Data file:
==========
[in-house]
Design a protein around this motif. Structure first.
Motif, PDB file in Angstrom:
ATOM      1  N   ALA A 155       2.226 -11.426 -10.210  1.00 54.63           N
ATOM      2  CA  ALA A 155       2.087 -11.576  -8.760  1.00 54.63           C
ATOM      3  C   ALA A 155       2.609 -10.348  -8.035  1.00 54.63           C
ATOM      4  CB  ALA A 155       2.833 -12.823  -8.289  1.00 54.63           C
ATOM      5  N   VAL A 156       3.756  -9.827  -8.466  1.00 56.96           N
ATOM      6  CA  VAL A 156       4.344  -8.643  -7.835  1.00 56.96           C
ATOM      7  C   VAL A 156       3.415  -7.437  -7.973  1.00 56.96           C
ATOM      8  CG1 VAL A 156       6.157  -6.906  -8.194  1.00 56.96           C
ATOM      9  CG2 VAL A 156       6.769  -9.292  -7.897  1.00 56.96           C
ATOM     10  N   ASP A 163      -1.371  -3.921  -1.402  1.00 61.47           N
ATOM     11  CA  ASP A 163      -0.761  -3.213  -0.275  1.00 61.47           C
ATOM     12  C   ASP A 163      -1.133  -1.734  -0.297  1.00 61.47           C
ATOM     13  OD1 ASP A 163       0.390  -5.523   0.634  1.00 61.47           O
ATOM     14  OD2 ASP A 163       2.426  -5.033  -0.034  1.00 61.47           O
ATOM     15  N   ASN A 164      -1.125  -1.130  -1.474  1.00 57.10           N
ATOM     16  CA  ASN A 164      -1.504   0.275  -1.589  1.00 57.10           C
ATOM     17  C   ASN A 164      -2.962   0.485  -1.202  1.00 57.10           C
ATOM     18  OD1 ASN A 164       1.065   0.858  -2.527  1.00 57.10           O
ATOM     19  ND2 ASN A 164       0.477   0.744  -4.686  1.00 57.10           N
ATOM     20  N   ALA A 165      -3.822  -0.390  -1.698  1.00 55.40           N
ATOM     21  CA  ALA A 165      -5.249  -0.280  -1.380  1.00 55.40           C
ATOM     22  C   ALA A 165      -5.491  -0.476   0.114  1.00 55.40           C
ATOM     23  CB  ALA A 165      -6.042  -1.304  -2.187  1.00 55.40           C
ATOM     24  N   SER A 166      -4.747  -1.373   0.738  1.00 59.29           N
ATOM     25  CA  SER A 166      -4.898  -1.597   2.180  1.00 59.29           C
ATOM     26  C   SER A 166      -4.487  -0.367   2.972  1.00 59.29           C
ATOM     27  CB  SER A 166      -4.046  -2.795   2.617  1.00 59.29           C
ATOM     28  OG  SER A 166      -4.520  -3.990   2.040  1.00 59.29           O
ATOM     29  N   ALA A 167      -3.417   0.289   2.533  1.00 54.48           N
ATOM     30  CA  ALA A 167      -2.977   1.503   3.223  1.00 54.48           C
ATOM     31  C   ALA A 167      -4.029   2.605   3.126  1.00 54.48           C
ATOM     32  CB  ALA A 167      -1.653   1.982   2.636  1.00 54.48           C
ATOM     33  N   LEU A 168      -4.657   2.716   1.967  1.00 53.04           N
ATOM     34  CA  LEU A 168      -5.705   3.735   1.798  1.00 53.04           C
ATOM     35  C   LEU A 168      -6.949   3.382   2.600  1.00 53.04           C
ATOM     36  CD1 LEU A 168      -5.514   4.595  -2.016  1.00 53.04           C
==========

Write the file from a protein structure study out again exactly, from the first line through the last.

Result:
[in-house]
Design a protein around this motif. Structure first.
Motif, PDB file in Angstrom:
ATOM      1  N   ALA A 155       2.226 -11.426 -10.210  1.00 54.63           N
ATOM      2  CA  ALA A 155       2.087 -11.576  -8.760  1.00 54.63           C
ATOM      3  C   ALA A 155       2.609 -10.348  -8.035  1.00 54.63           C
ATOM      4  CB  ALA A 155       2.833 -12.823  -8.289  1.00 54.63           C
ATOM      5  N   VAL A 156       3.756  -9.827  -8.466  1.00 56.96           N
ATOM      6  CA  VAL A 156       4.344  -8.643  -7.835  1.00 56.96           C
ATOM      7  C   VAL A 156       3.415  -7.437  -7.973  1.00 56.96           C
ATOM      8  CG1 VAL A 156       6.157  -6.906  -8.194  1.00 56.96           C
ATOM      9  CG2 VAL A 156       6.769  -9.292  -7.897  1.00 56.96           C
ATOM     10  N   ASP A 163      -1.371  -3.921  -1.402  1.00 61.47           N
ATOM     11  CA  ASP A 163      -0.761  -3.213  -0.275  1.00 61.47           C
ATOM     12  C   ASP A 163      -1.133  -1.734  -0.297  1.00 61.47           C
ATOM     13  OD1 ASP A 163       0.390  -5.523   0.634  1.00 61.47           O
ATOM     14  OD2 ASP A 163       2.426  -5.033  -0.034  1.00 61.47           O
ATOM     15  N   ASN A 164      -1.125  -1.130  -1.474  1.00 57.10           N
ATOM     16  CA  ASN A 164      -1.504   0.275  -1.589  1.00 57.10           C
ATOM     17  C   ASN A 164      -2.962   0.485  -1.202  1.00 57.10           C
ATOM     18  OD1 ASN A 164       1.065   0.858  -2.527  1.00 57.10           O
ATOM     19  ND2 ASN A 164       0.477   0.744  -4.686  1.00 57.10           N
ATOM     20  N   ALA A 165      -3.822  -0.390  -1.698  1.00 55.40           N
ATOM     21  CA  ALA A 165      -5.249  -0.280  -1.380  1.00 55.40           C
ATOM     22  C   ALA A 165      -5.491  -0.476   0.114  1.00 55.40           C
ATOM     23  CB  ALA A 165      -6.042  -1.304  -2.187  1.00 55.40           C
ATOM     24  N   SER A 166      -4.747  -1.373   0.738  1.00 59.29           N
ATOM     25  CA  SER A 166      -4.898  -1.597   2.180  1.00 59.29           C
ATOM     26  C   SER A 166      -4.487  -0.367   2.972  1.00 59.29           C
ATOM     27  CB  SER A 166      -4.046  -2.795   2.617  1.00 59.29           C
ATOM     28  OG  SER A 166      -4.520  -3.990   2.040  1.00 59.29           O
ATOM     29  N   ALA A 167      -3.417   0.289   2.533  1.00 54.48           N
ATOM     30  CA  ALA A 167      -2.977   1.503   3.223  1.00 54.48           C
ATOM     31  C   ALA A 167      -4.029   2.605   3.126  1.00 54.48           C
ATOM     32  CB  ALA A 167      -1.653   1.982   2.636  1.00 54.48           C
ATOM     33  N   LEU A 168      -4.657   2.716   1.967  1.00 53.04           N
ATOM     34  CA  LEU A 168      -5.705   3.735   1.798  1.00 53.04           C
ATOM     35  C   LEU A 168      -6.949   3.382   2.600  1.00 53.04           C
ATOM     36  CD1 LEU A 168      -5.514   4.595  -2.016  1.00 53.04           C